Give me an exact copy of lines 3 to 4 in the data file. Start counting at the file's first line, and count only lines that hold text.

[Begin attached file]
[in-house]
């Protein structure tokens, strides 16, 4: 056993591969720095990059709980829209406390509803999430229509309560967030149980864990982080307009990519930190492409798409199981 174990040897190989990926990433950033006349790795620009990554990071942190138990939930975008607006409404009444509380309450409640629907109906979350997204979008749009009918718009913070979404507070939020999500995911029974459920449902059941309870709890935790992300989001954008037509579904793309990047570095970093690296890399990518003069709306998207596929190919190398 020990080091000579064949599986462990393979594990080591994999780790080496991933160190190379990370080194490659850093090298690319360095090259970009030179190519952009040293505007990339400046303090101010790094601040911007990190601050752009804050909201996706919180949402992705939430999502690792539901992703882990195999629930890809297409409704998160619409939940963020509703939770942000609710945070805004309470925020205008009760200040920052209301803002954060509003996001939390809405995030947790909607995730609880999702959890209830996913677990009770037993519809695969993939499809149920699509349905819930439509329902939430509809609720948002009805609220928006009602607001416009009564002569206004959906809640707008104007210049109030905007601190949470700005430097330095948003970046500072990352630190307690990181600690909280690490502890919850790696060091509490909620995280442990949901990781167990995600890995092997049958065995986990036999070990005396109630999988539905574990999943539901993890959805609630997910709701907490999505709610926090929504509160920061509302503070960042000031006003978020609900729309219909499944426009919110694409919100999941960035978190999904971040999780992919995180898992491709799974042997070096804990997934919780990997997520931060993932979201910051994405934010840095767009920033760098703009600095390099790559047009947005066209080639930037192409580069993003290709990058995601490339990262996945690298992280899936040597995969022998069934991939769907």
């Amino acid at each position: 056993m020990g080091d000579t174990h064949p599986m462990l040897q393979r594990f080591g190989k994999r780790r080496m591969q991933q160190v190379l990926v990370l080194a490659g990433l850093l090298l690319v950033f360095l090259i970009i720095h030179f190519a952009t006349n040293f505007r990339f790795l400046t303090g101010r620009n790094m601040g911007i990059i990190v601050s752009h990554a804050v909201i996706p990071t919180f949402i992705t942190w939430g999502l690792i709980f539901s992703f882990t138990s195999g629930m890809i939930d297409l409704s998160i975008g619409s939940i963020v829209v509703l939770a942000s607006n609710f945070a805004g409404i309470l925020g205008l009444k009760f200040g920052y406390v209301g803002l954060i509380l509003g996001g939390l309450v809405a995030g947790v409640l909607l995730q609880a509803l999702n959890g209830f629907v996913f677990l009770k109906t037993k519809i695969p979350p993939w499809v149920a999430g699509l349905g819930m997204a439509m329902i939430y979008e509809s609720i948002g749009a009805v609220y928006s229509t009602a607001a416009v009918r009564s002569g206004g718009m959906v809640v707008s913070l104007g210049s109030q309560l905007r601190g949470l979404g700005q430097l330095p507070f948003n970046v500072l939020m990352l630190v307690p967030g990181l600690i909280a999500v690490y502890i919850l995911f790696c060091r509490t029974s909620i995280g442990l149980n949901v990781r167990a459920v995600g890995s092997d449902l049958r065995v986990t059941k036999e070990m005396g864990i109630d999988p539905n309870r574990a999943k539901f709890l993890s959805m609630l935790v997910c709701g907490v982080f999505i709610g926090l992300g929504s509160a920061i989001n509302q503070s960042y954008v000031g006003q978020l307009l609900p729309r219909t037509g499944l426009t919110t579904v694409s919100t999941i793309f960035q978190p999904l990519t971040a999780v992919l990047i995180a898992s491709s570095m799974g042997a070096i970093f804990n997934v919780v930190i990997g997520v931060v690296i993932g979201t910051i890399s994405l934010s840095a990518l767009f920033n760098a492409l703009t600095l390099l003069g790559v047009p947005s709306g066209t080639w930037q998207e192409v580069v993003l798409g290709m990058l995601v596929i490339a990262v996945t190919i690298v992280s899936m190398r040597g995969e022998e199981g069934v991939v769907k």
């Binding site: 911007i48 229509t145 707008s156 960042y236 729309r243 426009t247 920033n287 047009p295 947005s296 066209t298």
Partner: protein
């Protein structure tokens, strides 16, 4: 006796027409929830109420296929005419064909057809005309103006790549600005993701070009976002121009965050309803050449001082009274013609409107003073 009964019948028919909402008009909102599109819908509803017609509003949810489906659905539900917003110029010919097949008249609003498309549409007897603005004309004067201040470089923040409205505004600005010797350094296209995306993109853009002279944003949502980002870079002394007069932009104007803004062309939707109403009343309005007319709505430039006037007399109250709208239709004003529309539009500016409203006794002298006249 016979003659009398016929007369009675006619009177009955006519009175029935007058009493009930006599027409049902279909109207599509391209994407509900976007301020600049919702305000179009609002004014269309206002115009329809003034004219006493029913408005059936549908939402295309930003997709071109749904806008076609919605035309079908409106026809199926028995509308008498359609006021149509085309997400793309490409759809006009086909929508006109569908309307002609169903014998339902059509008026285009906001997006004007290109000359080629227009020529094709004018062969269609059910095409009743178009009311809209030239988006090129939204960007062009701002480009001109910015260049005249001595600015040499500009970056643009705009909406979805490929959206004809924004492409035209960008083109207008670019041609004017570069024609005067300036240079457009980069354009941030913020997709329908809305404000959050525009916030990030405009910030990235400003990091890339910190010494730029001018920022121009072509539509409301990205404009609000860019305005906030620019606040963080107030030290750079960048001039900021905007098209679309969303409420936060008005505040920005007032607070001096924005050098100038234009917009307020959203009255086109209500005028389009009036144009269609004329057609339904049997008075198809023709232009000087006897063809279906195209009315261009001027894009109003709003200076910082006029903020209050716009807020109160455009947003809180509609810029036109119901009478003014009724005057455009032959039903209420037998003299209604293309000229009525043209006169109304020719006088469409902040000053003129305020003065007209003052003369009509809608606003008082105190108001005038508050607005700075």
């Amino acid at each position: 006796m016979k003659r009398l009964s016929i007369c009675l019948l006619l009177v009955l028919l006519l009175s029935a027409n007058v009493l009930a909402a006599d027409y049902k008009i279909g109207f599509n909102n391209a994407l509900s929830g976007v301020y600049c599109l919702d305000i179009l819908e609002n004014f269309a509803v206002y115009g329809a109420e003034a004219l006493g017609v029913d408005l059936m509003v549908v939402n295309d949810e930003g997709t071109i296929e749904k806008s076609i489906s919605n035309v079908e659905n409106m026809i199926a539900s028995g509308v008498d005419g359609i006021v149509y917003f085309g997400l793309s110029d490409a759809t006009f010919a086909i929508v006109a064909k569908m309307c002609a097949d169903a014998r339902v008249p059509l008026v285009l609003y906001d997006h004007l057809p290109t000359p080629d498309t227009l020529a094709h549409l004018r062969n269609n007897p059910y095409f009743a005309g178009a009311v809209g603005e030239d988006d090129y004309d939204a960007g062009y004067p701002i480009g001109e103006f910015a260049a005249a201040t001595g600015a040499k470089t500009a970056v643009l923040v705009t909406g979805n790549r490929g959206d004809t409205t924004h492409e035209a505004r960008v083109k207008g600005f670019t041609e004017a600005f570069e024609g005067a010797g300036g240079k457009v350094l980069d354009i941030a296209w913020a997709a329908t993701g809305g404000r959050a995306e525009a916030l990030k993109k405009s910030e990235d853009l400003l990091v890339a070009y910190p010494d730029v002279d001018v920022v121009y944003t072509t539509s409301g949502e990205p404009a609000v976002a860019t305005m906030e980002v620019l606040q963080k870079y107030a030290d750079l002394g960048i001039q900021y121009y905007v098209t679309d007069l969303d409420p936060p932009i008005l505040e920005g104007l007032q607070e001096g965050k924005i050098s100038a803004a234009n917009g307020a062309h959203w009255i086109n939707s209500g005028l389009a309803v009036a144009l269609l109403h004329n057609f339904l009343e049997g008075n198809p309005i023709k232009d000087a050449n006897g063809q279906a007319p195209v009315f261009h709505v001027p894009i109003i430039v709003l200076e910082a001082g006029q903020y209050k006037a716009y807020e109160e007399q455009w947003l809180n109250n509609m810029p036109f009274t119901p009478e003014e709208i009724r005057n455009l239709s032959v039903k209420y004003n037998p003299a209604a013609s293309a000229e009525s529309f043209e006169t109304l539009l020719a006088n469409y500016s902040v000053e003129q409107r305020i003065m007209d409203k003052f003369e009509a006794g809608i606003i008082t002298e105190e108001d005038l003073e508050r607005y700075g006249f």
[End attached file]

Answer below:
């Amino acid at each position: 056993m020990g080091d000579t174990h064949p599986m462990l040897q393979r594990f080591g190989k994999r780790r080496m591969q991933q160190v190379l990926v990370l080194a490659g990433l850093l090298l690319v950033f360095l090259i970009i720095h030179f190519a952009t006349n040293f505007r990339f790795l400046t303090g101010r620009n790094m601040g911007i990059i990190v601050s752009h990554a804050v909201i996706p990071t919180f949402i992705t942190w939430g999502l690792i709980f539901s992703f882990t138990s195999g629930m890809i939930d297409l409704s998160i975008g619409s939940i963020v829209v509703l939770a942000s607006n609710f945070a805004g409404i309470l925020g205008l009444k009760f200040g920052y406390v209301g803002l954060i509380l509003g996001g939390l309450v809405a995030g947790v409640l909607l995730q609880a509803l999702n959890g209830f629907v996913f677990l009770k109906t037993k519809i695969p979350p993939w499809v149920a999430g699509l349905g819930m997204a439509m329902i939430y979008e509809s609720i948002g749009a009805v609220y928006s229509t009602a607001a416009v009918r009564s002569g206004g718009m959906v809640v707008s913070l104007g210049s109030q309560l905007r601190g949470l979404g700005q430097l330095p507070f948003n970046v500072l939020m990352l630190v307690p967030g990181l600690i909280a999500v690490y502890i919850l995911f790696c060091r509490t029974s909620i995280g442990l149980n949901v990781r167990a459920v995600g890995s092997d449902l049958r065995v986990t059941k036999e070990m005396g864990i109630d999988p539905n309870r574990a999943k539901f709890l993890s959805m609630l935790v997910c709701g907490v982080f999505i709610g926090l992300g929504s509160a920061i989001n509302q503070s960042y954008v000031g006003q978020l307009l609900p729309r219909t037509g499944l426009t919110t579904v694409s919100t999941i793309f960035q978190p999904l990519t971040a999780v992919l990047i995180a898992s491709s570095m799974g042997a070096i970093f804990n997934v919780v930190i990997g997520v931060v690296i993932g979201t910051i890399s994405l934010s840095a990518l767009f920033n760098a492409l703009t600095l390099l003069g790559v047009p947005s709306g066209t080639w930037q998207e192409v580069v993003l798409g290709m990058l995601v596929i490339a990262v996945t190919i690298v992280s899936m190398r040597g995969e022998e199981g069934v991939v769907k």
């Binding site: 911007i48 229509t145 707008s156 960042y236 729309r243 426009t247 920033n287 047009p295 947005s296 066209t298």